Marvel series celebrates Trans-Kids, but the comics are missing trans-heroes

Disney has positioned its Disney Plus streaming service as an integral part of the Marvel Cinematic Universe, although we will see the first episode of the MCU show in the fall of 2020. In the meantime, Marvel offers the spectators something down-to-earth: Marvel’s Hero Project.

Marvel’s documentary films in 20 episodes celebrate children who “dedicated their lives to unselfish acts of courage and kindness”. Each episode follows its theme on a big day – a presentation, a meeting, a fundraiser, a protest – and grabs its journey with interviews with family, friends, and community members. Only if you think you do not have enough tears in your eyes will the truly great child be presented with a Marvel comic that will be his victories and a great donation to his chosen cause.

Previously released episodes showed a disabled engineer, a blind athlete, and a boy who called his city against child maltreatment. The connection to Marvel Comics characters is not very difficult: Iron Man is a guy who has turned to engineering in the face of a medical disability. Daredevil and Hawkeye are superheroes who sometimes have trouble seeing and hearing. and the ability of Captain America to inspire the people around them is one of its most consistent, not exactly exact superpowers.

This week’s episode focuses on Rebekah, a transgender girl and an LGBTQ activist. The story is no less inspiring, but slightly clouded by the undeniable fact that the Marvel Comics universe has virtually no transgender superheroes.

Over the decades, Marvel has introduced superheroes of color, female superheroes and young superheroes in the Crusade, but certainly few LGBTQ superheroes and no superheroes with prominent gender-specific deviations. The list of gender queer characters found in Marvel comics consists of extraterrestrials, gods, and anthropomorphic beings with fundamentally different cultural norms than human society. Loki, the trickster god of Asgard, freely takes female form, if it suits him. Tong, the Moloidin, appeared to her brothers on the pages of Fantastic Four as a trans feminine. Xavin, a member of Skrull’s royalty appearing in Runaways, told her lesbian fiancée that it was no different for Skrulls to change sex from male to female than to change hair color. These are signs that may serve as identification points for persons who are unlawful, but do not represent the actual experience of trans persons.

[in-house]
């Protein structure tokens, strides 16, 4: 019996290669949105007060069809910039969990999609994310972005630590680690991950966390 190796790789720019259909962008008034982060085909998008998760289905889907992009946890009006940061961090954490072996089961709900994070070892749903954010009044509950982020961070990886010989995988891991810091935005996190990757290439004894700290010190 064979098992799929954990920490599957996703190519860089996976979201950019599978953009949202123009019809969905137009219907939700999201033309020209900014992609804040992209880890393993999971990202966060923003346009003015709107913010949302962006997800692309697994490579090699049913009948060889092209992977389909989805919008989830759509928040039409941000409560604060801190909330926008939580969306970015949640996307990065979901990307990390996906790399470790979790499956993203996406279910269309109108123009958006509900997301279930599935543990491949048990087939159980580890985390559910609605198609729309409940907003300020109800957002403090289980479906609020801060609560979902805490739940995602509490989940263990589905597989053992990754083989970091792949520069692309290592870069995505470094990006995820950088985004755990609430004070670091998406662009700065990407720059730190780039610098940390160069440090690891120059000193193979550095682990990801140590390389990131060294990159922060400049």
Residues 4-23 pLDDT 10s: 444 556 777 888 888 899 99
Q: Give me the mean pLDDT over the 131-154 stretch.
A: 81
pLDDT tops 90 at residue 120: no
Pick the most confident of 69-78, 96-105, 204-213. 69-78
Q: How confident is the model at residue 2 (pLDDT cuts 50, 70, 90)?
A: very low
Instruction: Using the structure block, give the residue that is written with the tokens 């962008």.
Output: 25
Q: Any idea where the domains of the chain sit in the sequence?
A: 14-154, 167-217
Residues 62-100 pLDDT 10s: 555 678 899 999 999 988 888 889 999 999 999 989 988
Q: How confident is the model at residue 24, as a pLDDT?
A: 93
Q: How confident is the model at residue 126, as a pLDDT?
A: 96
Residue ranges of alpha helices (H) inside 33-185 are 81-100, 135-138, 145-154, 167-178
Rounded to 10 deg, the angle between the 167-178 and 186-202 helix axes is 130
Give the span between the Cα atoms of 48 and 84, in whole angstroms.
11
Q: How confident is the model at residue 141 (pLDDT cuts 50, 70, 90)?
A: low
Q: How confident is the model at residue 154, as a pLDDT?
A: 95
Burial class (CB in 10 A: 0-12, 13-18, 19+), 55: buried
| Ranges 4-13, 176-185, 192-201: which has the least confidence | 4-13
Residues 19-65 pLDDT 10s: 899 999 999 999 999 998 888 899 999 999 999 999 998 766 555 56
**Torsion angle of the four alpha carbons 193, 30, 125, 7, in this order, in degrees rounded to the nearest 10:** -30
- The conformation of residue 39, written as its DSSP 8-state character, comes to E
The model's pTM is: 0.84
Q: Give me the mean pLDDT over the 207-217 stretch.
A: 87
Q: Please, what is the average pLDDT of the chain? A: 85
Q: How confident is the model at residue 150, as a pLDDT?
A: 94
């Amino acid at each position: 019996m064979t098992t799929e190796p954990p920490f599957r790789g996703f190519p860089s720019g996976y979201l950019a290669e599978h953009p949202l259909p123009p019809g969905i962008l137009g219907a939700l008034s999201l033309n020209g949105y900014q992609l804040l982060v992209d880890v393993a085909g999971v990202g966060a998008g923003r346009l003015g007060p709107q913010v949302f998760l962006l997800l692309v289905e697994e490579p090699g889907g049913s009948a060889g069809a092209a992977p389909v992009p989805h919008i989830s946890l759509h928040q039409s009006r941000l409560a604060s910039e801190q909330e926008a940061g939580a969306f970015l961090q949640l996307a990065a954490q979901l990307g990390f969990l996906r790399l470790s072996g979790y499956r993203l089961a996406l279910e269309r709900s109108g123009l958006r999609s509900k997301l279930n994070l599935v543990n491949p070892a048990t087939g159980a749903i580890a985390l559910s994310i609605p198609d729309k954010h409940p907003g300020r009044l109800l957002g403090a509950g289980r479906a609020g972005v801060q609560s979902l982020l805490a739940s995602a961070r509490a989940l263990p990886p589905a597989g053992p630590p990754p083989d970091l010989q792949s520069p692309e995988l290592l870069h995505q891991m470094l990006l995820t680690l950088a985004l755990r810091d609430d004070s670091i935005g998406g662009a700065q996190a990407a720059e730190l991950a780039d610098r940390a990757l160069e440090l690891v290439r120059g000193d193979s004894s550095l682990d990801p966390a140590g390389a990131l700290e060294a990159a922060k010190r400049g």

Ken Shiga, AKA Koi Boi, a supporting actress in The Unbeatable Squirrel Girl, is currently the only human super hero in Marvel Comics. And even then, Ken’s transgender identity was never unpacked on the page, but confirmed by the artist Erica Henderson after the readers noticed that he was drawn with a file folder. Since the finale of Squirrel Girl it remains to be seen when Ken will reappear.

Marvel’s eternal competitor, DC Comics, is not feeling any better. Sir Ystin, the modern version of the superhero Shining Knight, is a medieval knight who identifies himself as male and female. However, you are not a regular performer of a recent comic. The same goes for Alysia Yeoh, Batgirl’s former roommate; or porcelain, a gender member of the Secret Six. In addition, the pool dives into gods and beings with the intersexual Greek goddess of love Atlantiades.

In the latest episode of Hero Project, Marvel campaigns for a transgender girl who convinces his state legislator to teach LGBTQ history in public schools, and ultimately donates ten thousand dollars for an LGBTQ thing. The real impact of these actions is fantastic and necessary. But Marvel has another superpower at a time when its backdrop is being used as the source material for the largest media franchise of the largest media conglomerate in history. And that should not be neglected.

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